We may talk about transcending the cycle of birth-and-death, but when we try to do it, we find it is impossible. It is our nature to cling to our lives, even when inflicted with a fatal illness and no matter how old we get, we do not wish to die. How can we, who are always caught up in personal obligations and kindnesses, be freed from feelings of love-and-hate? Educated people, who look down on the illiterate, find, ultimately, that their knowledge is unreliable and useless. And the so-called foolish ones have the same worries as the well educated. Either way, we cannot separate ourselves from this, our actual world, and neither can we find true settlement in this, our actual world.

There is then no other way but to live this life with nembutsu, by entrusting in the Primal Vow. This is what Shinran realized through his own experience. He was never satisfied with worldly teachings; for those who seek a true way, worldly teachings should be denied as false. Shinran states this in the latter part of this chapter, strongly warning us not to follow other paths, not to bow to the heavens, not to worship spirits, nor to divine propitious or unpropitious times.

It is not that I don't understand today's intellectuals, who think religion is irrelevant and has no meaning for our daily lives. However, as I said earlier, our daily life itself is floating, not securely grounded. And it is true religion which grounds a floating life. Utilitarian religions move life away from its ground, don't they? It is so clear then why Shinran called these false.

Therefore, according to Jodo Shinshu, religions that teach benefits in this world are false. But this does not mean that Jodo Shinshu is a religion that ignores this present life. Rather, by showing us the ground of our actual life, it truly engages with our real living. What we need to understand is the difference between benefits in this life, on one hand, and worldly benefits, that is to say, benefits in this world, on the other.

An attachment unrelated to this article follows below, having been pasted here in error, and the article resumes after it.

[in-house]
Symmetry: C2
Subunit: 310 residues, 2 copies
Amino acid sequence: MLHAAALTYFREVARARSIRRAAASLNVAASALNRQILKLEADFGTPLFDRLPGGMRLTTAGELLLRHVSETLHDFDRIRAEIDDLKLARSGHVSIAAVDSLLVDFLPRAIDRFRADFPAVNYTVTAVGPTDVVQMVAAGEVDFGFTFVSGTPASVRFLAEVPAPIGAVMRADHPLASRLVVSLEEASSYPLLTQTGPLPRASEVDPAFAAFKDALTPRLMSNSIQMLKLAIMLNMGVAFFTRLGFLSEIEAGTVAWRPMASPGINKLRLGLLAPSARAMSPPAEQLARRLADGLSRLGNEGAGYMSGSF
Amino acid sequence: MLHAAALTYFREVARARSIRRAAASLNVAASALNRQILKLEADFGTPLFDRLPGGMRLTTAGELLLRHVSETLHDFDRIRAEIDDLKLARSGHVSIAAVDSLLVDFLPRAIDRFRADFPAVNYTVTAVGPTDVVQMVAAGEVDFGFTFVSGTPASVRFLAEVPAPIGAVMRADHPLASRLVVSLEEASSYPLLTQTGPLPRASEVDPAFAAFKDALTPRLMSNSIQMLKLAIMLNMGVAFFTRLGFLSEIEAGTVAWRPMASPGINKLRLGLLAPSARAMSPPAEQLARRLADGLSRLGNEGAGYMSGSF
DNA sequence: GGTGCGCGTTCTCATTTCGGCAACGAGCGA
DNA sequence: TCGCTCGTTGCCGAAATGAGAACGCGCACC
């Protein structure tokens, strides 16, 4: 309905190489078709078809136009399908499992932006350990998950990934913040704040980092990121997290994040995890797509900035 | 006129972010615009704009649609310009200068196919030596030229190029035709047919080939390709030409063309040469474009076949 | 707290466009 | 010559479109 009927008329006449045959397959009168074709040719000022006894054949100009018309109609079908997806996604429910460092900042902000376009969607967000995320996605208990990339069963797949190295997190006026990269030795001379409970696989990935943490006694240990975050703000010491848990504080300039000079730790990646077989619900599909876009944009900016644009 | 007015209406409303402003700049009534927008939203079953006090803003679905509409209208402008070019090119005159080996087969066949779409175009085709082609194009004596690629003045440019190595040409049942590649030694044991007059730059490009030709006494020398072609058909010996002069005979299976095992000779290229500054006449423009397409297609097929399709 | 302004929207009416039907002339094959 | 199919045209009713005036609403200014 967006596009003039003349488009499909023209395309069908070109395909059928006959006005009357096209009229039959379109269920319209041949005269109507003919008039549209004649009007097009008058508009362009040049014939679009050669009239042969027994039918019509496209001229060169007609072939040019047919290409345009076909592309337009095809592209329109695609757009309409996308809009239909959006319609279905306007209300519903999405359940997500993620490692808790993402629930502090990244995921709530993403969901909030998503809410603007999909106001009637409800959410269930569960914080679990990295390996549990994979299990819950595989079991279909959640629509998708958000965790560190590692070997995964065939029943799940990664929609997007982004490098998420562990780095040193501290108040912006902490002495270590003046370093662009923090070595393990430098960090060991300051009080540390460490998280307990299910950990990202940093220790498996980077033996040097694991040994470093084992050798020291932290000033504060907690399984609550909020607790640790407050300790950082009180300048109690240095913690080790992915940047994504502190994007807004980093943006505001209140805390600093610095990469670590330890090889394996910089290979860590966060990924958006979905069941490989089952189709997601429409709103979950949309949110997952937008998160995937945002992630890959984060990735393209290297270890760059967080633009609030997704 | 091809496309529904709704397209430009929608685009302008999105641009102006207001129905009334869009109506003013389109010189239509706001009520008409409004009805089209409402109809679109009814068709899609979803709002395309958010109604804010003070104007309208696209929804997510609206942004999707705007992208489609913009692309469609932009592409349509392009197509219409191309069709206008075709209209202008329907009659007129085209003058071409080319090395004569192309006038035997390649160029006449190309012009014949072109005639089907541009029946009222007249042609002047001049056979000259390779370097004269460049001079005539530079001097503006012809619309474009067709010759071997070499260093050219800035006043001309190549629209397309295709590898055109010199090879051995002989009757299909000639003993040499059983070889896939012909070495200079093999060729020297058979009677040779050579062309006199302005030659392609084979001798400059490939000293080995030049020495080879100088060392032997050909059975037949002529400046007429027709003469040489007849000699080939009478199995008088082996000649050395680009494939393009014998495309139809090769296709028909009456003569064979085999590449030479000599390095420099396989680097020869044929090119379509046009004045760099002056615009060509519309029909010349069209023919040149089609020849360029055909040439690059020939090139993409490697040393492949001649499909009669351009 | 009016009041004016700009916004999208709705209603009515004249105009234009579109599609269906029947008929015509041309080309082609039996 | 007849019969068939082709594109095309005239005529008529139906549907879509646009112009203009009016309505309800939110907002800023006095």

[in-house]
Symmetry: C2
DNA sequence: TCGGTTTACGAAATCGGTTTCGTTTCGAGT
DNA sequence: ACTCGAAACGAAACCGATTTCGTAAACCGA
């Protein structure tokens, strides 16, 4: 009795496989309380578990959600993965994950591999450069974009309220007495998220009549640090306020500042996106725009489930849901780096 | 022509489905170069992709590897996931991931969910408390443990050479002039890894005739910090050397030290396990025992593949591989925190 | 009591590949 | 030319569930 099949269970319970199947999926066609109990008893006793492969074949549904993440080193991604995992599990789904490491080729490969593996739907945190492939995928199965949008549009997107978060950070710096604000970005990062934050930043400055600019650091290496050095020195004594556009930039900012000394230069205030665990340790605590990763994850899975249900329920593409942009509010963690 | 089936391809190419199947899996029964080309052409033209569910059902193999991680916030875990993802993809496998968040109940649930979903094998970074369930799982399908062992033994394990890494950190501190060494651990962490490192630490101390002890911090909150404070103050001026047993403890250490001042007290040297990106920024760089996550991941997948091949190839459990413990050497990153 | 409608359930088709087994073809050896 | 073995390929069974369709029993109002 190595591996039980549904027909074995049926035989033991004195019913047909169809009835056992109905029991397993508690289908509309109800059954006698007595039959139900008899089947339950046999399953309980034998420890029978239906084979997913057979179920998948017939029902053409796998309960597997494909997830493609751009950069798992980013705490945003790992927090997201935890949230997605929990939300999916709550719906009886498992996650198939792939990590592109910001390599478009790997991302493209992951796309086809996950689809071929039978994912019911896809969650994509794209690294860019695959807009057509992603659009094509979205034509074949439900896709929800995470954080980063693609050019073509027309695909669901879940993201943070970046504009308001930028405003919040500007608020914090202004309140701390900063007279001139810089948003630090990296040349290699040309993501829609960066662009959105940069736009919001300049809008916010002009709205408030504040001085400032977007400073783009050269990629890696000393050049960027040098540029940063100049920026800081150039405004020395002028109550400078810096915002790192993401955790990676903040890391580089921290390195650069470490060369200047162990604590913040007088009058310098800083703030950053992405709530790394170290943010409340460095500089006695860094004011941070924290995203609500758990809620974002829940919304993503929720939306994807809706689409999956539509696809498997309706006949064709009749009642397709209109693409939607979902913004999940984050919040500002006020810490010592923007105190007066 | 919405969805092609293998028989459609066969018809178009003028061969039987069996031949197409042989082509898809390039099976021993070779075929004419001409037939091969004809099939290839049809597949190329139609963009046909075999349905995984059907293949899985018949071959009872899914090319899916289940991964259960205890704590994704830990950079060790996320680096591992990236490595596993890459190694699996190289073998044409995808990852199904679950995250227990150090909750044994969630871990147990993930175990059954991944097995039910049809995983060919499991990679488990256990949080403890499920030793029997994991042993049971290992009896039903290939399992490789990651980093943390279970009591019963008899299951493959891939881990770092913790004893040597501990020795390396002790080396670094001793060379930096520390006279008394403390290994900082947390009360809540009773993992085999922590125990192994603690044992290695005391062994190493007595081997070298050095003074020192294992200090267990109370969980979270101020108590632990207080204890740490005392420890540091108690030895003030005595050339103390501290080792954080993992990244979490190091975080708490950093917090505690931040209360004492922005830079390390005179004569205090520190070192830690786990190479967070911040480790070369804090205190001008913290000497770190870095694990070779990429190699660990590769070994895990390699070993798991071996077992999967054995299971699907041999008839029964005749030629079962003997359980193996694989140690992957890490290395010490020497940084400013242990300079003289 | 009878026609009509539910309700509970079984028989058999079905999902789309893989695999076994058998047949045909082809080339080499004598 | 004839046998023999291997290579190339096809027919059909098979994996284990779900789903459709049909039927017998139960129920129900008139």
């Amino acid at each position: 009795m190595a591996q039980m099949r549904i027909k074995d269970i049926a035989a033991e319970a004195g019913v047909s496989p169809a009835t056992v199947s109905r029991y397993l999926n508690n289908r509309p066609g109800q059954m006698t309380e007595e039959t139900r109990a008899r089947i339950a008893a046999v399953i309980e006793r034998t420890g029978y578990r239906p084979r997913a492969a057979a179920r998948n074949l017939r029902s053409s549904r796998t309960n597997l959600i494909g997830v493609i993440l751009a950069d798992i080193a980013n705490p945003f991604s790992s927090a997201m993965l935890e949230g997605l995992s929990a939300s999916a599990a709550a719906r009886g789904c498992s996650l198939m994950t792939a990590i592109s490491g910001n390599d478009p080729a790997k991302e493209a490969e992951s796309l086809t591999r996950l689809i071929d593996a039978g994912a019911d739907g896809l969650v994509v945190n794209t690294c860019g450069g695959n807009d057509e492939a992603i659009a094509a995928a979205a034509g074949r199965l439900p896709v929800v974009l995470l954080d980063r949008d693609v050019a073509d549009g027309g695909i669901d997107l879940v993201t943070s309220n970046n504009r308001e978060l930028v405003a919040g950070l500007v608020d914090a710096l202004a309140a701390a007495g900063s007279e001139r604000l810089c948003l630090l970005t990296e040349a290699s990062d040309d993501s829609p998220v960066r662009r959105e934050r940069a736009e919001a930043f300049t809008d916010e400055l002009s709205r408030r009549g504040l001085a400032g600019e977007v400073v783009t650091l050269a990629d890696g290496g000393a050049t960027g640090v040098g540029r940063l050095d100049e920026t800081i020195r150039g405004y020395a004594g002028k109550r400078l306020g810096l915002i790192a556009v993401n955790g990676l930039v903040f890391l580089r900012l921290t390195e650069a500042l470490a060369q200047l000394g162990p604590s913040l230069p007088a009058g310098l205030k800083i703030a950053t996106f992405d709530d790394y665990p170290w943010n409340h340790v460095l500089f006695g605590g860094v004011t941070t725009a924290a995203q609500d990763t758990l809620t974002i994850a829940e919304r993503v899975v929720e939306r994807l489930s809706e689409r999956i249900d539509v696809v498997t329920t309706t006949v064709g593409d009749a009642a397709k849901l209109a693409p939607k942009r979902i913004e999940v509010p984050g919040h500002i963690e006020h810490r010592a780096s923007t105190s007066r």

Worldly benefits, benefits in this world, include those like longevity and freedom from difficulty. Benefits in this life are trans-worldly, like practicing great compassion. While Shinran did not deny that nembutsu followers enjoy benefits in this world, what he rejoiced in, solely, were the benefits in this life.

Whenever I read this chapter, the first half makes me think of Shinran leaving Mt. Hiei and becoming a commoner. It shows his experience of leaving a group of the good and wise and becoming one among the masses. But in the latter half of this chapter, I think of him deploring peoples' lack of awareness (of true religion). The superstitions of bowing to heaven, worshipping the spirits of the dead and fortune telling must have been a part of Japanese religion from olden times, continuously repeated under the name of new religions. But if we keep the same course, there will never be true salvation for our fellows.

In this chapter, there is a passage, a quotation from a sutra, that says that heavenly gods protect and guard people of nembutsu. Here, we can see that Shinran probably did not deny the existence of gods and that he believed that gods would protect people without prayer. But for Shinran, the important matter was that we not believe that our destiny is controlled by something outside of our human world. What our life is based upon and ends in is completely different from what controls our destiny. And what differs between these two is human awareness, or the lack of unawareness.

However, almost all of the world's religions are worldly, and therefore are idealism. And even though trans-worldly religions offer significant, very important, meaning, the are not able to truly save human beings, because they too are idealistic. Thus, Shinran's desire to spread the knowledge of the religion of the Primal Vow Other Power was inexhaustible. He wrote, 'I have collected true words to aid others in their practice for attaining birth, in order that the process be made continuous, without end and without interruption, by which those who have been born first guide those who come later, and those who are born later join those who were born before. This is so that the boundless ocean of birth-and-death be exhausted.'

This is his conclusive wish, stated at the very end of his Kyo-Gyo-Shin-Sho and this is also the wish of those of us who are fond of Shinran's teaching. What the Kyo-Gyo-Shin-Sho reveals is very unique and cannot be found in any other religion. Therefore, if someone asks what the Japanese can contribute to world culture, this, the Kyo-Gyo-Shin-Sho, must surely be named. And it will truly be a tenet of the realization of world peace.

Feeling very ashamed of myself for not being able to accomplish this, I hold the same wish for the future. In this sense, I am very grateful that I was able to briefly introduce this book.